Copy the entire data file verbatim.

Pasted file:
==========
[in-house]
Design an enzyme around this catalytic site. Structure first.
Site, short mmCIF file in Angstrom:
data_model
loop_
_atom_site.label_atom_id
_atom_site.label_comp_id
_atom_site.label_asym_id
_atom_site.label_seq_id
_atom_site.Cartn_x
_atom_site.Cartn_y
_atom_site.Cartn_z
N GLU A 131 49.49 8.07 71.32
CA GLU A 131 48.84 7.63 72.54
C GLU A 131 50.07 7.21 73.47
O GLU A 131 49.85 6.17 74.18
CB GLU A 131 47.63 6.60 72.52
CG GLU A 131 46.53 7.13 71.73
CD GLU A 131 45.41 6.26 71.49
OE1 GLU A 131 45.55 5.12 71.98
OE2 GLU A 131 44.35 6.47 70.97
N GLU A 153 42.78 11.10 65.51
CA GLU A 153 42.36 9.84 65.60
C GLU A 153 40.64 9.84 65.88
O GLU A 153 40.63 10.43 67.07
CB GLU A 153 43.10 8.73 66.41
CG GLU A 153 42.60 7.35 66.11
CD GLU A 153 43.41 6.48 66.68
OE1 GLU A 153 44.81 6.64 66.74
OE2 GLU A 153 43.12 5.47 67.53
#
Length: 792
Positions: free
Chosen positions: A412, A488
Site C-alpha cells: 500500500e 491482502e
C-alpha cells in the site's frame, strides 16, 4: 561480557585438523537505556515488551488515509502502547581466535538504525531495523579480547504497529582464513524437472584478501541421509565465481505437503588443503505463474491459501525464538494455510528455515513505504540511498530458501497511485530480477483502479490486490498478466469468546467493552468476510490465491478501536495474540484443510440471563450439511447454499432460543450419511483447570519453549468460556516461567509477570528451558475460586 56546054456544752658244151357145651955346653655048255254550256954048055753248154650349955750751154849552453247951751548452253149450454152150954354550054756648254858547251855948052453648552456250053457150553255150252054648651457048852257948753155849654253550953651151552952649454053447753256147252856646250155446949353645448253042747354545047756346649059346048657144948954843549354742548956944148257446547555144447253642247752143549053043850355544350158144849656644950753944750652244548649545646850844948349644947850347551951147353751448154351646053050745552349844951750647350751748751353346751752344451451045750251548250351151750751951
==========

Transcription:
[in-house]
Design an enzyme around this catalytic site. Structure first.
Site, short mmCIF file in Angstrom:
data_model
loop_
_atom_site.label_atom_id
_atom_site.label_comp_id
_atom_site.label_asym_id
_atom_site.label_seq_id
_atom_site.Cartn_x
_atom_site.Cartn_y
_atom_site.Cartn_z
N GLU A 131 49.49 8.07 71.32
CA GLU A 131 48.84 7.63 72.54
C GLU A 131 50.07 7.21 73.47
O GLU A 131 49.85 6.17 74.18
CB GLU A 131 47.63 6.60 72.52
CG GLU A 131 46.53 7.13 71.73
CD GLU A 131 45.41 6.26 71.49
OE1 GLU A 131 45.55 5.12 71.98
OE2 GLU A 131 44.35 6.47 70.97
N GLU A 153 42.78 11.10 65.51
CA GLU A 153 42.36 9.84 65.60
C GLU A 153 40.64 9.84 65.88
O GLU A 153 40.63 10.43 67.07
CB GLU A 153 43.10 8.73 66.41
CG GLU A 153 42.60 7.35 66.11
CD GLU A 153 43.41 6.48 66.68
OE1 GLU A 153 44.81 6.64 66.74
OE2 GLU A 153 43.12 5.47 67.53
#
Length: 792
Positions: free
Chosen positions: A412, A488
Site C-alpha cells: 500500500e 491482502e
C-alpha cells in the site's frame, strides 16, 4: 561480557585438523537505556515488551488515509502502547581466535538504525531495523579480547504497529582464513524437472584478501541421509565465481505437503588443503505463474491459501525464538494455510528455515513505504540511498530458501497511485530480477483502479490486490498478466469468546467493552468476510490465491478501536495474540484443510440471563450439511447454499432460543450419511483447570519453549468460556516461567509477570528451558475460586 56546054456544752658244151357145651955346653655048255254550256954048055753248154650349955750751154849552453247951751548452253149450454152150954354550054756648254858547251855948052453648552456250053457150553255150252054648651457048852257948753155849654253550953651151552952649454053447753256147252856646250155446949353645448253042747354545047756346649059346048657144948954843549354742548956944148257446547555144447253642247752143549053043850355544350158144849656644950753944750652244548649545646850844948349644947850347551951147353751448154351646053050745552349844951750647350751748751353346751752344451451045750251548250351151750751951